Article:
Stormwater Pollution

When you think of pollution in our coastal waters,
what comes to your mind?
Pollution from
Industry? Vehicle emissions? Sewage treatment
plants? Surprisingly, the leading cause of water
pollution comes from general sources of pollution or
“non-point sources” such as lawn fertilizers,
pesticides, automotive fluids, litter, human and
animal wastes, sediment, nutrients, and many more
stormwater runoff pollutants. These pollutants are
washed off the ground and streets by rainwater and
flow as runoff into our rivers, lakes, streams, and
eventually into the gulf. Such pollution can threaten
human health; contaminate drinking water; lead to
fish kills; result in the loss of spawning areas for
aquatic species; cause the loss of aesthetic value
of streams, rivers, lakes, and oceans; and lead to
the loss of recreational value of our coastal
Although each person’s contribution may not seem
like much, the total effect has become a major
pollution problem. The water that enters the storm
drains is not filtered in any way before it heads to
the nearest receiving waters. For The City of
Foley’s residents, storm sewer systems drain
directly into tributaries of the Bon Secour River or
tributaries of the river. These storm sewer systems
are needed in municipal areas due to the increased
percentage of impervious surfaces such as rooftops
and pavement which cause a city block to produce
almost 10 times more runoff or “stormwater” than a
wooded area of the same size (Environmental
Protection Agency). Stormwater is the water which
does not infiltrate the ground but instead it travels
across the surface into the nearest waterbody,
taking with it any pollutants that may be present
(non-point source pollutants).
The Mobile Bay National Estuary Program, the City
of Foley and City of Gulf Shores are sponsoring a
watershed project to help better characterize the
Bon Secour River and the Oyster Bay Watersheds
and identify areas of water quality concerns – one of
which is stormwater runoff. The entities are working
hard to develop a comprehensive watershed plan to
improve the overall health of the watershed. The
general public and all stakeholders in these
watersheds are encouraged participate in the
planning process.
The Watershed Planning approach will follow EPA
guidance and address key elements and values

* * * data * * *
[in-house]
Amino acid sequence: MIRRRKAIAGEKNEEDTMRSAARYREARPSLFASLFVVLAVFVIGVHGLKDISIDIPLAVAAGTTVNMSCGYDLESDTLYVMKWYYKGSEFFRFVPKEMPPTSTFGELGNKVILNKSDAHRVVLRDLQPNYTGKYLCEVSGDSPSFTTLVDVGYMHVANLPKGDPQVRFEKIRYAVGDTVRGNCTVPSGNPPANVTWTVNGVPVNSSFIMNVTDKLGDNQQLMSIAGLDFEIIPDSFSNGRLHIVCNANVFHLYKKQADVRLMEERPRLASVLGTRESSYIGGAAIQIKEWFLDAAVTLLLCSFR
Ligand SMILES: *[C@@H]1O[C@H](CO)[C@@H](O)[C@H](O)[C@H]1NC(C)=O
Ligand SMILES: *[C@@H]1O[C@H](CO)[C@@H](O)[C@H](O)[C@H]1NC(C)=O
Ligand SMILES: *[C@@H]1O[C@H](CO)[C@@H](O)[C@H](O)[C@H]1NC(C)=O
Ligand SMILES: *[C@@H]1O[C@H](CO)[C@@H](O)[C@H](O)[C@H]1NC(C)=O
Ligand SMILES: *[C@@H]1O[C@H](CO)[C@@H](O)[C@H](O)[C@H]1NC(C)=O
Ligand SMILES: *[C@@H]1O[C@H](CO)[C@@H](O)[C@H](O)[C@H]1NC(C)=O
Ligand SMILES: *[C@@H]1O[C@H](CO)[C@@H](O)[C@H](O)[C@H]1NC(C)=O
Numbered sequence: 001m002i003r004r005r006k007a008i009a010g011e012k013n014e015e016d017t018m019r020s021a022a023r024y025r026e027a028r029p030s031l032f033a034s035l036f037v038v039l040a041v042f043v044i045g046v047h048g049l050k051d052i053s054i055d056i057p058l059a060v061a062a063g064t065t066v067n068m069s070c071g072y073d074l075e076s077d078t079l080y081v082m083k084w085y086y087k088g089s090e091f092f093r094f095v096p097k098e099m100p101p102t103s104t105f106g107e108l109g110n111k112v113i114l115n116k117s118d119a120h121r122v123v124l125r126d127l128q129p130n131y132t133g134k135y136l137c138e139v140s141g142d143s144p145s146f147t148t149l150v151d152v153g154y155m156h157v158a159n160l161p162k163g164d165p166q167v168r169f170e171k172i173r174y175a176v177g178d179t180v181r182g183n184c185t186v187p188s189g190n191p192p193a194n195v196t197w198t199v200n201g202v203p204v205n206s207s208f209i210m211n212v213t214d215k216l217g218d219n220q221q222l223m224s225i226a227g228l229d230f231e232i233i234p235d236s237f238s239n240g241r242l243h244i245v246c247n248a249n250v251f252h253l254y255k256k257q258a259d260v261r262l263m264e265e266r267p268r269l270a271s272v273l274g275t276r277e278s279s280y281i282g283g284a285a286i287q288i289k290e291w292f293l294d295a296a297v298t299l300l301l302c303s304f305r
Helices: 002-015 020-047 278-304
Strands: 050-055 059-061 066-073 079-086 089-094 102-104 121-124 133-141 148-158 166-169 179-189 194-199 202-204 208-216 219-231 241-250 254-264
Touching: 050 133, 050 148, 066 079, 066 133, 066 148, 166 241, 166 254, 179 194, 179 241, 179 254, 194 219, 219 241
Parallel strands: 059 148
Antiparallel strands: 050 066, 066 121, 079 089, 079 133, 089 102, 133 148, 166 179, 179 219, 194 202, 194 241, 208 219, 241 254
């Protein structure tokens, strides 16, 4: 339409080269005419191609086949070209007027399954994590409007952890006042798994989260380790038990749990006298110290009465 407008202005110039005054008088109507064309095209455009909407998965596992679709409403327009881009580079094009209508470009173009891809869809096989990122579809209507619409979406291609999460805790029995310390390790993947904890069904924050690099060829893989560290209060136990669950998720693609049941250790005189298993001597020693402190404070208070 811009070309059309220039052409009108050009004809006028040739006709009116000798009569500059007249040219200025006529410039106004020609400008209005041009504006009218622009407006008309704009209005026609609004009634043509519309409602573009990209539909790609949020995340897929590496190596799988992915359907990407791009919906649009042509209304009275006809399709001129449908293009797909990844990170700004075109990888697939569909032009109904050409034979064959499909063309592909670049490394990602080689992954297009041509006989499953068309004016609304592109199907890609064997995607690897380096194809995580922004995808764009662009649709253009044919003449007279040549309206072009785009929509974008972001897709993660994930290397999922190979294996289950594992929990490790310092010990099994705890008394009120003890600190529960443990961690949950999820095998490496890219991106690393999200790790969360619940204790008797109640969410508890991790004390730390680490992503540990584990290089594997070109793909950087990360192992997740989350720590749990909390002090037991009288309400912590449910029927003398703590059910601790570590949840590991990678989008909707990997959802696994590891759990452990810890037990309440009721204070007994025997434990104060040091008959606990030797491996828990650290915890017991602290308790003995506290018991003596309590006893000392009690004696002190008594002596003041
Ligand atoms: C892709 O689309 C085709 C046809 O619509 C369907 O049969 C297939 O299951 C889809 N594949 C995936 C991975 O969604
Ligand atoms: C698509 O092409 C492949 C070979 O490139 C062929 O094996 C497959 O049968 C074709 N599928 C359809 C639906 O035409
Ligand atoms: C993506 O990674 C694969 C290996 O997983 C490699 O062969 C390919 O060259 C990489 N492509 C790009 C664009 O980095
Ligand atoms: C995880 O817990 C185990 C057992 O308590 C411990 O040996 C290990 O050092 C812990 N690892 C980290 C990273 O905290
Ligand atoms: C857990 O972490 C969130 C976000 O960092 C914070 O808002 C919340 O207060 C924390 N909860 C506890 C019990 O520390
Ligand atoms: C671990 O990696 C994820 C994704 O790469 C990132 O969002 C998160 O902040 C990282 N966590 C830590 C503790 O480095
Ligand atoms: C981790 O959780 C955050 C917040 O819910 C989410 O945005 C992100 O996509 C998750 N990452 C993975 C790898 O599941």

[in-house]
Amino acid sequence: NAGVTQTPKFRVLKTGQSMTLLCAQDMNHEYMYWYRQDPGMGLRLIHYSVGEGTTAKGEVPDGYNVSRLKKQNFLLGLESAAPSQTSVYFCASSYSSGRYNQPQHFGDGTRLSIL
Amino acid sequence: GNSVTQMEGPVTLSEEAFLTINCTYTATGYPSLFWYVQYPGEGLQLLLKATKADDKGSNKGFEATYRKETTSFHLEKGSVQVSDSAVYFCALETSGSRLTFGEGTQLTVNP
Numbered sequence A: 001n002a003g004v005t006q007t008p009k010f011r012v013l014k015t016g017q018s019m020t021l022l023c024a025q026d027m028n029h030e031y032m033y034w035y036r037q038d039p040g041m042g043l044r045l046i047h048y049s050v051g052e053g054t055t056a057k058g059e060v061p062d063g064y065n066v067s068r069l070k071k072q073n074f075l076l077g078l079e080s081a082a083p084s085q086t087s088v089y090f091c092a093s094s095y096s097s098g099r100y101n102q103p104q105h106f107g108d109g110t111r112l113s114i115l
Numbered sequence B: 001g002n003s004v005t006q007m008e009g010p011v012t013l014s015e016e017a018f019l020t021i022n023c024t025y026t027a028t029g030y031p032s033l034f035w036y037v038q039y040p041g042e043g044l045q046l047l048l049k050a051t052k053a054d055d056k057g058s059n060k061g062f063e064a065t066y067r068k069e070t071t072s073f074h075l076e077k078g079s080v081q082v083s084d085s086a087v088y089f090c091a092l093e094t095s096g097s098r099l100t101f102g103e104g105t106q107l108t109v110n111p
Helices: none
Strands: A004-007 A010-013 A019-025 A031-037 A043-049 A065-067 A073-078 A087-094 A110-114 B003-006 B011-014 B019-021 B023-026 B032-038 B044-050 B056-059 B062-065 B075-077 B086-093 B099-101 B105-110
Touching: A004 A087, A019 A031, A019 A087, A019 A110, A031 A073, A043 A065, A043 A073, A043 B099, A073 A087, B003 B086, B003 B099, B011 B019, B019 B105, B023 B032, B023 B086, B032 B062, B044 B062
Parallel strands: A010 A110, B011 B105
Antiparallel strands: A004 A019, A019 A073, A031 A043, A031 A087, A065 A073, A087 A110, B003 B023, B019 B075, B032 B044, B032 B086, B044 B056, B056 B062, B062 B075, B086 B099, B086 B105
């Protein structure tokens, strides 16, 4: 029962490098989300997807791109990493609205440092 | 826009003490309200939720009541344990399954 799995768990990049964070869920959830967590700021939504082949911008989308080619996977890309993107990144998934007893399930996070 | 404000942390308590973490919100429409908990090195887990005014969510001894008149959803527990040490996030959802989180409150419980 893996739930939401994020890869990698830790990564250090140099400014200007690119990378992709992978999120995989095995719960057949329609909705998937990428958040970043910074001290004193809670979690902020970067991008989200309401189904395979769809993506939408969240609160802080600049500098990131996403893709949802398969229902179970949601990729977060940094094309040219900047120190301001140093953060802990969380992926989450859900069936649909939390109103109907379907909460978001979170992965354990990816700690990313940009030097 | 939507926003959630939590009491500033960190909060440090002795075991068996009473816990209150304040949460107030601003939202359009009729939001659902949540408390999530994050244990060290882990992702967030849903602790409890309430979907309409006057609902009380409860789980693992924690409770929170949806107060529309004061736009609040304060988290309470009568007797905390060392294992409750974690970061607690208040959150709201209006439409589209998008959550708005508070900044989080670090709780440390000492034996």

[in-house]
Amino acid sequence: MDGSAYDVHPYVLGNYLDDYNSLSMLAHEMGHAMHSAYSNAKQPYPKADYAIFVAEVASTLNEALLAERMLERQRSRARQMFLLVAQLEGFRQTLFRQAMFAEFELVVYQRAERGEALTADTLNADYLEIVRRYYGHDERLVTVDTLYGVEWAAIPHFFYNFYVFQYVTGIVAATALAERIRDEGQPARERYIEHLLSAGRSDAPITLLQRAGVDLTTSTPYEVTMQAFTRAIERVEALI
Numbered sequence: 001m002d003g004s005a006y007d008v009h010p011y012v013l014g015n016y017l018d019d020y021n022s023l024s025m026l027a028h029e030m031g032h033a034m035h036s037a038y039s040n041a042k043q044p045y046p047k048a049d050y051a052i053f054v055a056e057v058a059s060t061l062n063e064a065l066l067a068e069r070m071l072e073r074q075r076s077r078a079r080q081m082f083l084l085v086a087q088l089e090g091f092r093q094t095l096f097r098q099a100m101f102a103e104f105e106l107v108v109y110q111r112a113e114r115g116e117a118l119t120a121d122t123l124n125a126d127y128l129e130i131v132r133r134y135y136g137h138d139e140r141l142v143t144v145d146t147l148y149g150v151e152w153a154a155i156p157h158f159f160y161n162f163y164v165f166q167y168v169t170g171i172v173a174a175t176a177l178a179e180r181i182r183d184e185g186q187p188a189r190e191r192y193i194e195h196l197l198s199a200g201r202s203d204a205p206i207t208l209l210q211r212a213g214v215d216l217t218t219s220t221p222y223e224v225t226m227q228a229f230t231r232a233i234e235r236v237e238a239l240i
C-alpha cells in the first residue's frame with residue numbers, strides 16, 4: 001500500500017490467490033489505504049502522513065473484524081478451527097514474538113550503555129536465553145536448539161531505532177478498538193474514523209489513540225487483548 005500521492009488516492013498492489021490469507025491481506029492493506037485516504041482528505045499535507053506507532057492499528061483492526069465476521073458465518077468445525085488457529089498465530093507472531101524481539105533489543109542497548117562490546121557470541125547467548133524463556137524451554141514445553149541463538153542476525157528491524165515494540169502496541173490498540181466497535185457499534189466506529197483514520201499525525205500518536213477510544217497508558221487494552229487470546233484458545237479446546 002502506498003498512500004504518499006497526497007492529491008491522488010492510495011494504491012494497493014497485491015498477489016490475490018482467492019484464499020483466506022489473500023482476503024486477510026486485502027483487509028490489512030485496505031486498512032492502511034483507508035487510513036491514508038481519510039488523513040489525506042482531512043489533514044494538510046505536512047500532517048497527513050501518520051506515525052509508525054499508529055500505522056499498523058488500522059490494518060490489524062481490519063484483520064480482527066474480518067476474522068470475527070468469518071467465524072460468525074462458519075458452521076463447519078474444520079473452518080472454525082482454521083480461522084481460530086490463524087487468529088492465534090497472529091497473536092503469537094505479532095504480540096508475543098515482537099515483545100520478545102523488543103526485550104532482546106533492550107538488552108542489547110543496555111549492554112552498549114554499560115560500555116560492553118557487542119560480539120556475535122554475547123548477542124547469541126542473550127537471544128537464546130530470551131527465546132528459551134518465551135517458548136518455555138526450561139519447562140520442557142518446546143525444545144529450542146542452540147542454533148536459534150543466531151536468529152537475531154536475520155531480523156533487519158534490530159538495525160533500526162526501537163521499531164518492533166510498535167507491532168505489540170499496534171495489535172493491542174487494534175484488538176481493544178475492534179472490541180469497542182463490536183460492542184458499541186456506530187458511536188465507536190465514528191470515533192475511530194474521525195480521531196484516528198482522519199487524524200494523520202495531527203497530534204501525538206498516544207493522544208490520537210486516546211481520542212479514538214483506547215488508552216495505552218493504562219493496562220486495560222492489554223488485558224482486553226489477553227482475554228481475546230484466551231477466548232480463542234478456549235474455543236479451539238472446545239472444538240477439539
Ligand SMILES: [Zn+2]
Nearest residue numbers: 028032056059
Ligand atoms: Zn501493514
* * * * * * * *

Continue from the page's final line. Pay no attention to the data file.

deemed important to coastal Alabama. The project is
designed to address issues such as the following:
Improved Water Quality and Biological Health;
Green Infrastructure Planning and Education;
Shoreline and Streambank Stabilization;
Environmental Awareness;
Groundwater and Flooding Issues;
Non-point Source Pollution; and
Stakeholders Concerns.
An increased percentage of impervious surfaces such as rooftops and pavement can cause a city block to
produce almost 10 times more stormwater runoff than a wooded area of the same size. (Source: U.S. EPA)
To be engaged in the watershed planning process, please attend one of the community meetings in
December - - Civic Center in Foley on Wednesday, 12/2/15 at 5pm or the Gulf Shores Activity Center in Gulf
Shores on Thursday 12/3/15 at 5pm.
Even if you are unable to attend the meetings, you can make a difference every day. Below are some tips
you can follow to help the City of Foley in its effort to reduce stormwater pollution:
Never pour unwanted chemicals on the ground.
Follow the instructions when using fertilizers and pesticides.
Dispose of excess fertilizers and pesticides at hazardous waste collection centers.
Do not over-water your lawn or garden. Over-watering may increase leaching of fertilizers to ground
Wash your car only when necessary; use a bucket to save water and try a phosphorus-free
detergent. Alternatively, go to a commercial carwash that uses water efficiently and disposes of runoff
Clean up after your pets. Pet waste contains nutrients and pathogens that can contaminate surface
Recycle used oil and antifreeze by taking them to service stations and other recycling centers. Never
put used oil or other chemicals down storm drains or in drainage ditches. One quart of oil can
contaminate up to two million gallons of drinking water!